If a fluid is introduced into the first end 32, as indicated by arrow A, it passes through the first portion 36 as indicated by the dashed-line arrows. As it passes through the first portion 36, the fluid continues to flow through the inward spiral toward the first area 38 and, as a result of this passage through the inward spiral, counter rotating vortices are induced to form within the conduit as described above. Eventually, the fluid within the spiral conduit 30 reaches the first area 38 which comprises a generally S-shaped tube that is shown by dashed line in FIG. 3. After passing through the S-shaped tube of the first area 38, the fluid continues its passage through the second portion 40 in an outward spiral as indicated by the dashed-line arrows in a direction that is counter-clockwise and extending toward the second end 34. Eventually, the fluid reaches the second end 34 and passes out of the spiral conduit 30 as indicated by arrow B. It should be understood that, as the fluid passes through the S-shaped first area 38, the counter-rotating vortices formed during its passage through the first portion 36 will be redirected in an opposite direction as the fluid begins its passage through the second portion 40. However, with the possible exception of its travel through the S-shaped conduit located at the first area 38, the fluid is caused to flow in the counter vortical pattern throughout virtually its entire travel through the spirally shaped first 36 and second 40 portions of the conduit 30 from the first end 32 to the second end 34, even though the vortices are reversed in the second portion 40 as compared to the vortices in the first portion 36.

Comparing FIG. 3 to FIG. 1, it should be apparent that the first 32 and second 34 ends of the spiral tube 30 shown in FIG. 3 are both located radially outward from the spiral configuration and the first area 38. In comparison, the spiral conduit 10 shown in FIG. 1 results in the first end 12 being disposed radially inward from the spiral shaped tube. The location of the first 32 and second 34 ends at the positions shown in FIG. 3 is particularly advantageous because it facilitates easy access to both ends of the spiral tube 30 from a position radially outward from the remaining portions of the conduit. The ability to dispose both ends of the spiral conduit 30 at the radially outer positions shown in FIG. 3 is a direct result of the implementation of the reverse spiral concept of the present invention which incorporates the generally S-shaped portion of the structure indicated by dashed line in FIG. 3 at the first area 38 of the structure.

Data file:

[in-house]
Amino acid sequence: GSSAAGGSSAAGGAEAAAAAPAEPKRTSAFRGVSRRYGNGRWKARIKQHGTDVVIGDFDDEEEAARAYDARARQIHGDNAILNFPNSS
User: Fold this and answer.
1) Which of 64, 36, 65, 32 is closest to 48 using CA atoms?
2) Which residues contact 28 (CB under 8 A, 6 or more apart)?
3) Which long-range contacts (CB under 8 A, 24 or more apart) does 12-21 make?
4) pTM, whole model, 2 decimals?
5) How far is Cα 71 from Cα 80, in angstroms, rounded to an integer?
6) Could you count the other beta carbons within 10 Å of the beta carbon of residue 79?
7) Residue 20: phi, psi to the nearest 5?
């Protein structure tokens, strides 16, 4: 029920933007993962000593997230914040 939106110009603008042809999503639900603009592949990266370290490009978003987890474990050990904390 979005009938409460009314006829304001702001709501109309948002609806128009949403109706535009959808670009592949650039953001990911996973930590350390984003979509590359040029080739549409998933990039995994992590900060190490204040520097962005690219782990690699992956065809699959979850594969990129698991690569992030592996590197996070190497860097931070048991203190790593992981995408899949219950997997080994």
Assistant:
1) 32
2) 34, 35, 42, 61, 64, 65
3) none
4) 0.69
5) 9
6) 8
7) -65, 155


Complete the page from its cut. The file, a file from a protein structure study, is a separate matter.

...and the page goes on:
FIG. 4 shows four reverse spiral conduits arranged together to form a plural tube heat exchanger in conformance with the preferred embodiment of the present invention. The heat exchanger arrangement shown in FIG. 4 comprises four tubes, 30A, 30B, 30C and 30D, each of which is generally identical in shape to the spiral conduit 30 illustrated in FIG. 3 and described above. The spiral conduits shown in FIG. 4 are arranged in such a way to provide four parallel paths for the fluid flowing from the first end 32 of each of the spiral conduits to the second end 34 of each of the spiral conduits.